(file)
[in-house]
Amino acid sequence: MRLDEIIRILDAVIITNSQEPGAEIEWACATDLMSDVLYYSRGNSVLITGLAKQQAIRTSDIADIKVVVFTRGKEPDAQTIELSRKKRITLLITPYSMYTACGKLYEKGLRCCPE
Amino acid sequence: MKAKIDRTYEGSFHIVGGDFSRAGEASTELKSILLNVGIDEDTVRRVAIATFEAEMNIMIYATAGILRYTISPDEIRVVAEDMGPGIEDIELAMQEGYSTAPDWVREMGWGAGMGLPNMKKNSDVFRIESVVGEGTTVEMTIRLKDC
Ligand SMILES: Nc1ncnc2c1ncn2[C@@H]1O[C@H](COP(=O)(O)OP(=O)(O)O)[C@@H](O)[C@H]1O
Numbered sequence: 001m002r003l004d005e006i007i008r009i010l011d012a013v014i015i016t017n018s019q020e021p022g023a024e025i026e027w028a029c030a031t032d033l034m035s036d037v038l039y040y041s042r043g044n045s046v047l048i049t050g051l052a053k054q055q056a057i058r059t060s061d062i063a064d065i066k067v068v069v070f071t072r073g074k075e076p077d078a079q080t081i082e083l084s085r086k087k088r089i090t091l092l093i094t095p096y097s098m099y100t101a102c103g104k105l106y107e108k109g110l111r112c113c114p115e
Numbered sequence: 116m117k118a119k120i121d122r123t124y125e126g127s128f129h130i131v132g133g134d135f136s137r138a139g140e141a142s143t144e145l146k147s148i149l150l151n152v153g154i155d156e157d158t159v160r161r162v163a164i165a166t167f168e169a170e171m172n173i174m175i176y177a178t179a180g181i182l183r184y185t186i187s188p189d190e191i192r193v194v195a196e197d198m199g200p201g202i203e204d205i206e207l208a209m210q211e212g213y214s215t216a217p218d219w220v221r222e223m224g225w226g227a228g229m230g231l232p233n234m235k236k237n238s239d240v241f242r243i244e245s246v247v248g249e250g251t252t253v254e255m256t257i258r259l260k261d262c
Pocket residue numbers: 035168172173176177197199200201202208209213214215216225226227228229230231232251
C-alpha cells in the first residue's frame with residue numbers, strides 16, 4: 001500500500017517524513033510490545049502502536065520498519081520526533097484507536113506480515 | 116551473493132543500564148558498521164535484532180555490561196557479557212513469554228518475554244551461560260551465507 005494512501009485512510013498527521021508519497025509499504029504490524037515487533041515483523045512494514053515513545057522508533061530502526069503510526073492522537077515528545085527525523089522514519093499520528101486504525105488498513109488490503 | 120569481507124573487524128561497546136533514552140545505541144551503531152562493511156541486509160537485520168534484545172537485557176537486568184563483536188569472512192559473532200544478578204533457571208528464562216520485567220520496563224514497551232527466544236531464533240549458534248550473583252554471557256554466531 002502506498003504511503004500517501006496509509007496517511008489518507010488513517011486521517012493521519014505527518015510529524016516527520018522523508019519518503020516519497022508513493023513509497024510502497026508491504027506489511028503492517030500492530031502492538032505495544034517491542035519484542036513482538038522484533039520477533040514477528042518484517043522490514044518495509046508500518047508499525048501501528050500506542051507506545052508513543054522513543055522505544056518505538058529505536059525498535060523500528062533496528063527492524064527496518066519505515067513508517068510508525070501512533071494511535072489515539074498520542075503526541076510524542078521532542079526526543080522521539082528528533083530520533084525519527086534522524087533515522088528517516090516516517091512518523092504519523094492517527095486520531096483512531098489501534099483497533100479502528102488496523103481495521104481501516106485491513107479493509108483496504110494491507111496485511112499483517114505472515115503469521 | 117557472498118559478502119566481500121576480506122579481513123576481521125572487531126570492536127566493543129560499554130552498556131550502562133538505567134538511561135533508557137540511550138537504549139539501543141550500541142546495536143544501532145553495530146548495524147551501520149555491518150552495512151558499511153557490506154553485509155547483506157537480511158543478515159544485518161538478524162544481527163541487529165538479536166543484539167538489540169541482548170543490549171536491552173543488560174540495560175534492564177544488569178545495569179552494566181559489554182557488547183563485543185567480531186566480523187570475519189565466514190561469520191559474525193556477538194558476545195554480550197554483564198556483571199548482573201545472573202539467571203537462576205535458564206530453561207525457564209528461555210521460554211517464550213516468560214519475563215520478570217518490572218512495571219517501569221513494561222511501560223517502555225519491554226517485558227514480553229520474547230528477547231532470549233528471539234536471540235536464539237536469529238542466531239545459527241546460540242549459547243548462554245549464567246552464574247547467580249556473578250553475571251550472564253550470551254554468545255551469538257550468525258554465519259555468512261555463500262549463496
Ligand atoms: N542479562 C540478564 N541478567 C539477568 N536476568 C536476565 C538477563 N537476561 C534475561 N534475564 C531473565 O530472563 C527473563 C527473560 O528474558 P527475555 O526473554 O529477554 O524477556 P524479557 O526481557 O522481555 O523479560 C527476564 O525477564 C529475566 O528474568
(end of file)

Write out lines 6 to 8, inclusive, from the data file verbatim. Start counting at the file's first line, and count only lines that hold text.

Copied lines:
Numbered sequence: 116m117k118a119k120i121d122r123t124y125e126g127s128f129h130i131v132g133g134d135f136s137r138a139g140e141a142s143t144e145l146k147s148i149l150l151n152v153g154i155d156e157d158t159v160r161r162v163a164i165a166t167f168e169a170e171m172n173i174m175i176y177a178t179a180g181i182l183r184y185t186i187s188p189d190e191i192r193v194v195a196e197d198m199g200p201g202i203e204d205i206e207l208a209m210q211e212g213y214s215t216a217p218d219w220v221r222e223m224g225w226g227a228g229m230g231l232p233n234m235k236k237n238s239d240v241f242r243i244e245s246v247v248g249e250g251t252t253v254e255m256t257i258r259l260k261d262c
Pocket residue numbers: 035168172173176177197199200201202208209213214215216225226227228229230231232251
C-alpha cells in the first residue's frame with residue numbers, strides 16, 4: 001500500500017517524513033510490545049502502536065520498519081520526533097484507536113506480515 | 116551473493132543500564148558498521164535484532180555490561196557479557212513469554228518475554244551461560260551465507 005494512501009485512510013498527521021508519497025509499504029504490524037515487533041515483523045512494514053515513545057522508533061530502526069503510526073492522537077515528545085527525523089522514519093499520528101486504525105488498513109488490503 | 120569481507124573487524128561497546136533514552140545505541144551503531152562493511156541486509160537485520168534484545172537485557176537486568184563483536188569472512192559473532200544478578204533457571208528464562216520485567220520496563224514497551232527466544236531464533240549458534248550473583252554471557256554466531 002502506498003504511503004500517501006496509509007496517511008489518507010488513517011486521517012493521519014505527518015510529524016516527520018522523508019519518503020516519497022508513493023513509497024510502497026508491504027506489511028503492517030500492530031502492538032505495544034517491542035519484542036513482538038522484533039520477533040514477528042518484517043522490514044518495509046508500518047508499525048501501528050500506542051507506545052508513543054522513543055522505544056518505538058529505536059525498535060523500528062533496528063527492524064527496518066519505515067513508517068510508525070501512533071494511535072489515539074498520542075503526541076510524542078521532542079526526543080522521539082528528533083530520533084525519527086534522524087533515522088528517516090516516517091512518523092504519523094492517527095486520531096483512531098489501534099483497533100479502528102488496523103481495521104481501516106485491513107479493509108483496504110494491507111496485511112499483517114505472515115503469521 | 117557472498118559478502119566481500121576480506122579481513123576481521125572487531126570492536127566493543129560499554130552498556131550502562133538505567134538511561135533508557137540511550138537504549139539501543141550500541142546495536143544501532145553495530146548495524147551501520149555491518150552495512151558499511153557490506154553485509155547483506157537480511158543478515159544485518161538478524162544481527163541487529165538479536166543484539167538489540169541482548170543490549171536491552173543488560174540495560175534492564177544488569178545495569179552494566181559489554182557488547183563485543185567480531186566480523187570475519189565466514190561469520191559474525193556477538194558476545195554480550197554483564198556483571199548482573201545472573202539467571203537462576205535458564206530453561207525457564209528461555210521460554211517464550213516468560214519475563215520478570217518490572218512495571219517501569221513494561222511501560223517502555225519491554226517485558227514480553229520474547230528477547231532470549233528471539234536471540235536464539237536469529238542466531239545459527241546460540242549459547243548462554245549464567246552464574247547467580249556473578250553475571251550472564253550470551254554468545255551469538257550468525258554465519259555468512261555463500262549463496